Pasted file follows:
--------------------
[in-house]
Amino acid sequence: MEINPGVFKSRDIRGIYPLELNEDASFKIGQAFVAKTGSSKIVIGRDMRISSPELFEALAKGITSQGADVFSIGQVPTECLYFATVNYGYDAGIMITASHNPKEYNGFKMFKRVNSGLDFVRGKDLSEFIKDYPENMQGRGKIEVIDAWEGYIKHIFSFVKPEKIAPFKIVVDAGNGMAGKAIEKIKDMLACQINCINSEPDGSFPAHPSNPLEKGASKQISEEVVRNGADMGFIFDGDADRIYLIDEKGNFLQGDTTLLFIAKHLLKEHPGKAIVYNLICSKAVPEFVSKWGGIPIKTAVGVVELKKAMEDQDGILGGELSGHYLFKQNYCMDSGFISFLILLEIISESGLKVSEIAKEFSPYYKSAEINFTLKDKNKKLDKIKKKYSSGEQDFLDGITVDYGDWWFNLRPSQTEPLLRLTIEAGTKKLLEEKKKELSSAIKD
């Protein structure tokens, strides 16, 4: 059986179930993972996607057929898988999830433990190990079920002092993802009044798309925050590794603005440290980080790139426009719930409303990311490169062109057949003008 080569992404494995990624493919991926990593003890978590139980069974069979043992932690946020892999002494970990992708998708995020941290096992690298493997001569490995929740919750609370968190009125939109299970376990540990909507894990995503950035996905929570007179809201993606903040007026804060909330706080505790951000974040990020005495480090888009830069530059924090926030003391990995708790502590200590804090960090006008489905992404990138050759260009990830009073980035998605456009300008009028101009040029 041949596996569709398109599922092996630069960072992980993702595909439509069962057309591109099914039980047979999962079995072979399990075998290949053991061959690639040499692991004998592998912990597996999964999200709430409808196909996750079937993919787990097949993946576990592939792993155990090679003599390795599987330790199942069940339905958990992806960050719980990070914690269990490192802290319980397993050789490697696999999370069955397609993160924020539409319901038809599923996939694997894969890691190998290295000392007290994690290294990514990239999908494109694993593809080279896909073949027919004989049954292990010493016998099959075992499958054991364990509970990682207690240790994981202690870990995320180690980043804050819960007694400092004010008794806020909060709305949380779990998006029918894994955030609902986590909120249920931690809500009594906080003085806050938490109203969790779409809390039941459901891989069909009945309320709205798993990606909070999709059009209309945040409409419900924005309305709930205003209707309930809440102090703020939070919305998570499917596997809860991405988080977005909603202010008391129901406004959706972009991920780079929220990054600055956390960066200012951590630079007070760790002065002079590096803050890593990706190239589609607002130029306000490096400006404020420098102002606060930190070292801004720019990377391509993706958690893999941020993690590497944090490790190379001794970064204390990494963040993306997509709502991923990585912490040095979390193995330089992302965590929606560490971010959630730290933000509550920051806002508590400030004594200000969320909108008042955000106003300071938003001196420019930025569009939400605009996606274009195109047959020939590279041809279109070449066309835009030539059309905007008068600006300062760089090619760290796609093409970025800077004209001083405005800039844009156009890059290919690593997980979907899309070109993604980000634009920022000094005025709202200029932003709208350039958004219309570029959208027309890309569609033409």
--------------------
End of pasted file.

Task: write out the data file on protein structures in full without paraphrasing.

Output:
[in-house]
Amino acid sequence: MEINPGVFKSRDIRGIYPLELNEDASFKIGQAFVAKTGSSKIVIGRDMRISSPELFEALAKGITSQGADVFSIGQVPTECLYFATVNYGYDAGIMITASHNPKEYNGFKMFKRVNSGLDFVRGKDLSEFIKDYPENMQGRGKIEVIDAWEGYIKHIFSFVKPEKIAPFKIVVDAGNGMAGKAIEKIKDMLACQINCINSEPDGSFPAHPSNPLEKGASKQISEEVVRNGADMGFIFDGDADRIYLIDEKGNFLQGDTTLLFIAKHLLKEHPGKAIVYNLICSKAVPEFVSKWGGIPIKTAVGVVELKKAMEDQDGILGGELSGHYLFKQNYCMDSGFISFLILLEIISESGLKVSEIAKEFSPYYKSAEINFTLKDKNKKLDKIKKKYSSGEQDFLDGITVDYGDWWFNLRPSQTEPLLRLTIEAGTKKLLEEKKKELSSAIKD
């Protein structure tokens, strides 16, 4: 059986179930993972996607057929898988999830433990190990079920002092993802009044798309925050590794603005440290980080790139426009719930409303990311490169062109057949003008 080569992404494995990624493919991926990593003890978590139980069974069979043992932690946020892999002494970990992708998708995020941290096992690298493997001569490995929740919750609370968190009125939109299970376990540990909507894990995503950035996905929570007179809201993606903040007026804060909330706080505790951000974040990020005495480090888009830069530059924090926030003391990995708790502590200590804090960090006008489905992404990138050759260009990830009073980035998605456009300008009028101009040029 041949596996569709398109599922092996630069960072992980993702595909439509069962057309591109099914039980047979999962079995072979399990075998290949053991061959690639040499692991004998592998912990597996999964999200709430409808196909996750079937993919787990097949993946576990592939792993155990090679003599390795599987330790199942069940339905958990992806960050719980990070914690269990490192802290319980397993050789490697696999999370069955397609993160924020539409319901038809599923996939694997894969890691190998290295000392007290994690290294990514990239999908494109694993593809080279896909073949027919004989049954292990010493016998099959075992499958054991364990509970990682207690240790994981202690870990995320180690980043804050819960007694400092004010008794806020909060709305949380779990998006029918894994955030609902986590909120249920931690809500009594906080003085806050938490109203969790779409809390039941459901891989069909009945309320709205798993990606909070999709059009209309945040409409419900924005309305709930205003209707309930809440102090703020939070919305998570499917596997809860991405988080977005909603202010008391129901406004959706972009991920780079929220990054600055956390960066200012951590630079007070760790002065002079590096803050890593990706190239589609607002130029306000490096400006404020420098102002606060930190070292801004720019990377391509993706958690893999941020993690590497944090490790190379001794970064204390990494963040993306997509709502991923990585912490040095979390193995330089992302965590929606560490971010959630730290933000509550920051806002508590400030004594200000969320909108008042955000106003300071938003001196420019930025569009939400605009996606274009195109047959020939590279041809279109070449066309835009030539059309905007008068600006300062760089090619760290796609093409970025800077004209001083405005800039844009156009890059290919690593997980979907899309070109993604980000634009920022000094005025709202200029932003709208350039958004219309570029959208027309890309569609033409």